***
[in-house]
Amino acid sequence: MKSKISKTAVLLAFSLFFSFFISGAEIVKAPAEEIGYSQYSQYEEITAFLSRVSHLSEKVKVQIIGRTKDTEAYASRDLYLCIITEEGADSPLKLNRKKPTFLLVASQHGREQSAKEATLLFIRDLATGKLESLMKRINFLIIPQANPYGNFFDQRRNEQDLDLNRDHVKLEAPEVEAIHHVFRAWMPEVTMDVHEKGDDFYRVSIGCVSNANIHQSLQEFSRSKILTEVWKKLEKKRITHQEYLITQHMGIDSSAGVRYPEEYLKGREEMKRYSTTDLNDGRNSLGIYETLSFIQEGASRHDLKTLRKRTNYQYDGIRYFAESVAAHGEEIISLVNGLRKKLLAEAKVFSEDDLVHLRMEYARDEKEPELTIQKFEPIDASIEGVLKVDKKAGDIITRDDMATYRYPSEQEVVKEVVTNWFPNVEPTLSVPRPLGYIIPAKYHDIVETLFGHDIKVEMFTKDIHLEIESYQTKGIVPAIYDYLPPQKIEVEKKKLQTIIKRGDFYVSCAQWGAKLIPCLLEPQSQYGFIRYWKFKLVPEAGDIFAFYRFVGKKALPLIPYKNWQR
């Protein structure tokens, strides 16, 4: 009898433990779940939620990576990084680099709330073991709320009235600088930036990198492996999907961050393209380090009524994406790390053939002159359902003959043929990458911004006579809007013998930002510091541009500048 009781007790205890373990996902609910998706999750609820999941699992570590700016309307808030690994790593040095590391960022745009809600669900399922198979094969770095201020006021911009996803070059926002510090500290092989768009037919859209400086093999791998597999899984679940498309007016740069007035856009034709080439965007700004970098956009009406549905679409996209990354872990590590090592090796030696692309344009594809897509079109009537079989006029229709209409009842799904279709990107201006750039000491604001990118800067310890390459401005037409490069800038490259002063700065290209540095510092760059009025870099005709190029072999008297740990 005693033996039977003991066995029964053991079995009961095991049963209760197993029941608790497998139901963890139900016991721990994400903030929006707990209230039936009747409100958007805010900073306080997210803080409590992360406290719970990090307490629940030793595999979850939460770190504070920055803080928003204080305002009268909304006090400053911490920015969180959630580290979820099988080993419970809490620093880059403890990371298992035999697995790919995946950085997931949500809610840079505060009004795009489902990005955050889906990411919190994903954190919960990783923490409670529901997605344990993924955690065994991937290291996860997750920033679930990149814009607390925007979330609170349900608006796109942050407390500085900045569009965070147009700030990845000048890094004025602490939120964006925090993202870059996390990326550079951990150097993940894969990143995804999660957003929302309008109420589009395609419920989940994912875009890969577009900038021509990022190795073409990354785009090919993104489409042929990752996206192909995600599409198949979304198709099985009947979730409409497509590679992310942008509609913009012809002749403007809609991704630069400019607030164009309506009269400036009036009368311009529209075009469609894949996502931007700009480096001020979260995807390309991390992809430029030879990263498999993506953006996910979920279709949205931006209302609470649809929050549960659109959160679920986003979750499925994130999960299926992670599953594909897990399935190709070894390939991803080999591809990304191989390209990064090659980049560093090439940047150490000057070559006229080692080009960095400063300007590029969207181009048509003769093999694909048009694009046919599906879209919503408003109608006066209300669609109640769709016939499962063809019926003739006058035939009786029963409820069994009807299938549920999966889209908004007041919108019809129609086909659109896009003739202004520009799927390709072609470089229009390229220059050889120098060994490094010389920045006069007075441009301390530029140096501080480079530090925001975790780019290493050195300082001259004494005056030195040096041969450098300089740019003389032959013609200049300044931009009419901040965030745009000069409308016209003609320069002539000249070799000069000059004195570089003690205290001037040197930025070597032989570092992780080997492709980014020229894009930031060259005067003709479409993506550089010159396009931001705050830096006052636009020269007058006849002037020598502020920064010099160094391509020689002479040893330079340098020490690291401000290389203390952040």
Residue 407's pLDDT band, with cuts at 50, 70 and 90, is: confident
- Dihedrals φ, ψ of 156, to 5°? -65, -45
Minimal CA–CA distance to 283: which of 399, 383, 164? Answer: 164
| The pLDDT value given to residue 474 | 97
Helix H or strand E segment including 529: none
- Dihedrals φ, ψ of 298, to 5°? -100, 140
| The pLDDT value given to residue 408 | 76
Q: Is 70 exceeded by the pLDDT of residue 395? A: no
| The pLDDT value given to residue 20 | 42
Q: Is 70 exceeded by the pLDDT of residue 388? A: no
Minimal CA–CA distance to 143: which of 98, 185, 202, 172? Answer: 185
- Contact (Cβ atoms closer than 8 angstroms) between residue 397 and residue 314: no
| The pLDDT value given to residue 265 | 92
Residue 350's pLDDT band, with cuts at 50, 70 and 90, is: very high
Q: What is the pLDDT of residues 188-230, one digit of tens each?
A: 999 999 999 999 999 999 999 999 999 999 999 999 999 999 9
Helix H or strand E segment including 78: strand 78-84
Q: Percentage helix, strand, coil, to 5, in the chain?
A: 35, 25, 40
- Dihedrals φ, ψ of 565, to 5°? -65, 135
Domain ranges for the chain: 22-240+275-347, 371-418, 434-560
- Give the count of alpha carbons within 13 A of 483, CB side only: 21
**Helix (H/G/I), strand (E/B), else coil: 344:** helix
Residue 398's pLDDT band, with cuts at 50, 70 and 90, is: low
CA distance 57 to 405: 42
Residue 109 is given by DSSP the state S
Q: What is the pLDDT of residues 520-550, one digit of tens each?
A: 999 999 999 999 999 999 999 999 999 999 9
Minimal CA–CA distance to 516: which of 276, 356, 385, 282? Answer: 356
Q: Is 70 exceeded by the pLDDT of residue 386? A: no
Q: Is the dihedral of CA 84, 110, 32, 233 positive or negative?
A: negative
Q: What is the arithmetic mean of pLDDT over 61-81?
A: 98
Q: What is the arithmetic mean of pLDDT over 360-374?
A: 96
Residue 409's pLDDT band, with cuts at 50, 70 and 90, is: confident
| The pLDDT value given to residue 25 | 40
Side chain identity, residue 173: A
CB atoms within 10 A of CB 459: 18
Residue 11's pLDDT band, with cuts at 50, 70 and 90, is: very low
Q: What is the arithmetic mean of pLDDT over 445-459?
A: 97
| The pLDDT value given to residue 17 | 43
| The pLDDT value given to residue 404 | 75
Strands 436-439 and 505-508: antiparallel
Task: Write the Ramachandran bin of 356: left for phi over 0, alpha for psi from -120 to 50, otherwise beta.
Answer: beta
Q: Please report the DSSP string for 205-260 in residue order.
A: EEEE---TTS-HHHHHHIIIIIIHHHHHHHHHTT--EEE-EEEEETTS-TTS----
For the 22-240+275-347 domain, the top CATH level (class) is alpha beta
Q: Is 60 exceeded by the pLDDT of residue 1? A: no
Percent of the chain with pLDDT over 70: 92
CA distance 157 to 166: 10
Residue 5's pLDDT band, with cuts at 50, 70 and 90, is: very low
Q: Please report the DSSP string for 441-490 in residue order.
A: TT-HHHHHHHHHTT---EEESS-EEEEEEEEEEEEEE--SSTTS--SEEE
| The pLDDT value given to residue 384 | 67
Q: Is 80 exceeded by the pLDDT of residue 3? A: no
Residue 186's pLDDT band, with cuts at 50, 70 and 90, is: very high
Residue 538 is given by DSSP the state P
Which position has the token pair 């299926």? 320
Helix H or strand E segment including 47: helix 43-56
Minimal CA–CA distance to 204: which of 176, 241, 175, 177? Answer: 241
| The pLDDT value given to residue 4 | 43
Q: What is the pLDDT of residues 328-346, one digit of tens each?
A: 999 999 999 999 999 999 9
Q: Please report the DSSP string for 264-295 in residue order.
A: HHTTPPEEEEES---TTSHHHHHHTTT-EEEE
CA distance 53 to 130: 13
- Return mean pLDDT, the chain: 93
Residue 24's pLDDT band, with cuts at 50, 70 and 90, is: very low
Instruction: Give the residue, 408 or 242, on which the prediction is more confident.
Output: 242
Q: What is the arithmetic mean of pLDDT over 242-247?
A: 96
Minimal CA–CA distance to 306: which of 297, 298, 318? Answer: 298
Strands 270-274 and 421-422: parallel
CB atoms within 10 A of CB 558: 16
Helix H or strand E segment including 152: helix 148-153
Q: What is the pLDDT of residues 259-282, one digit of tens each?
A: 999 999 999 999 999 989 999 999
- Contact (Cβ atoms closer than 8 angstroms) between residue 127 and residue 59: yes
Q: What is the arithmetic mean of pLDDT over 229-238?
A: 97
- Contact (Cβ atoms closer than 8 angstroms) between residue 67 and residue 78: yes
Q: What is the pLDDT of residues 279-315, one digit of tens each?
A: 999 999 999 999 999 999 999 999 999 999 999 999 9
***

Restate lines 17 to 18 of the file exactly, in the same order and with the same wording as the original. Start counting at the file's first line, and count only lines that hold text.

Residue 350's pLDDT band, with cuts at 50, 70 and 90, is: very high
Q: What is the pLDDT of residues 188-230, one digit of tens each?